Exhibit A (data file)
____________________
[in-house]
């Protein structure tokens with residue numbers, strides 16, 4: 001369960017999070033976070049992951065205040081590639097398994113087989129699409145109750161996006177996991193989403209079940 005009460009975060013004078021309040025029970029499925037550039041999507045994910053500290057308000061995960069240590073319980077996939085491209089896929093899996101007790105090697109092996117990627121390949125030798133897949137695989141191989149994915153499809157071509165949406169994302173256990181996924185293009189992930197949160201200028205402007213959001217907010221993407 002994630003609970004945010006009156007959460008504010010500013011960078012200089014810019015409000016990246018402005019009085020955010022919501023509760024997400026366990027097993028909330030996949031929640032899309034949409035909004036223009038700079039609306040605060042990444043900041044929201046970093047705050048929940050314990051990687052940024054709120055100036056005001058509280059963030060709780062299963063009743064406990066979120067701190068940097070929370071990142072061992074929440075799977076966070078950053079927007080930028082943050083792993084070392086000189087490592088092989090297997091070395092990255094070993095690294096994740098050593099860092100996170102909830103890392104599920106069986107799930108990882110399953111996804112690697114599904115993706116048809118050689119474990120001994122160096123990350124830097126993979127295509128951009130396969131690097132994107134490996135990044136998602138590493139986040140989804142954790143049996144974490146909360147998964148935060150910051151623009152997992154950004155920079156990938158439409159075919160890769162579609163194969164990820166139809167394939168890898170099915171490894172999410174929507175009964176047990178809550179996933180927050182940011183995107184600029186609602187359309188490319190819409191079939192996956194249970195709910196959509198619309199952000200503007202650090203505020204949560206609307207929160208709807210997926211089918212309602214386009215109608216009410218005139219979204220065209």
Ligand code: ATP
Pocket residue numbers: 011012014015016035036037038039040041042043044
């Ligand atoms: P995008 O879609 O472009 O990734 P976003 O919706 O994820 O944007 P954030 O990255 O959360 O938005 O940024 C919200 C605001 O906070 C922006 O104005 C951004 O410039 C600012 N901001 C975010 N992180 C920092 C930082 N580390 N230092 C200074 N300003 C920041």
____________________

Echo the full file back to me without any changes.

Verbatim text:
[in-house]
């Protein structure tokens with residue numbers, strides 16, 4: 001369960017999070033976070049992951065205040081590639097398994113087989129699409145109750161996006177996991193989403209079940 005009460009975060013004078021309040025029970029499925037550039041999507045994910053500290057308000061995960069240590073319980077996939085491209089896929093899996101007790105090697109092996117990627121390949125030798133897949137695989141191989149994915153499809157071509165949406169994302173256990181996924185293009189992930197949160201200028205402007213959001217907010221993407 002994630003609970004945010006009156007959460008504010010500013011960078012200089014810019015409000016990246018402005019009085020955010022919501023509760024997400026366990027097993028909330030996949031929640032899309034949409035909004036223009038700079039609306040605060042990444043900041044929201046970093047705050048929940050314990051990687052940024054709120055100036056005001058509280059963030060709780062299963063009743064406990066979120067701190068940097070929370071990142072061992074929440075799977076966070078950053079927007080930028082943050083792993084070392086000189087490592088092989090297997091070395092990255094070993095690294096994740098050593099860092100996170102909830103890392104599920106069986107799930108990882110399953111996804112690697114599904115993706116048809118050689119474990120001994122160096123990350124830097126993979127295509128951009130396969131690097132994107134490996135990044136998602138590493139986040140989804142954790143049996144974490146909360147998964148935060150910051151623009152997992154950004155920079156990938158439409159075919160890769162579609163194969164990820166139809167394939168890898170099915171490894172999410174929507175009964176047990178809550179996933180927050182940011183995107184600029186609602187359309188490319190819409191079939192996956194249970195709910196959509198619309199952000200503007202650090203505020204949560206609307207929160208709807210997926211089918212309602214386009215109608216009410218005139219979204220065209």
Ligand code: ATP
Pocket residue numbers: 011012014015016035036037038039040041042043044
């Ligand atoms: P995008 O879609 O472009 O990734 P976003 O919706 O994820 O944007 P954030 O990255 O959360 O938005 O940024 C919200 C605001 O906070 C922006 O104005 C951004 O410039 C600012 N901001 C975010 N992180 C920092 C930082 N580390 N230092 C200074 N300003 C920041």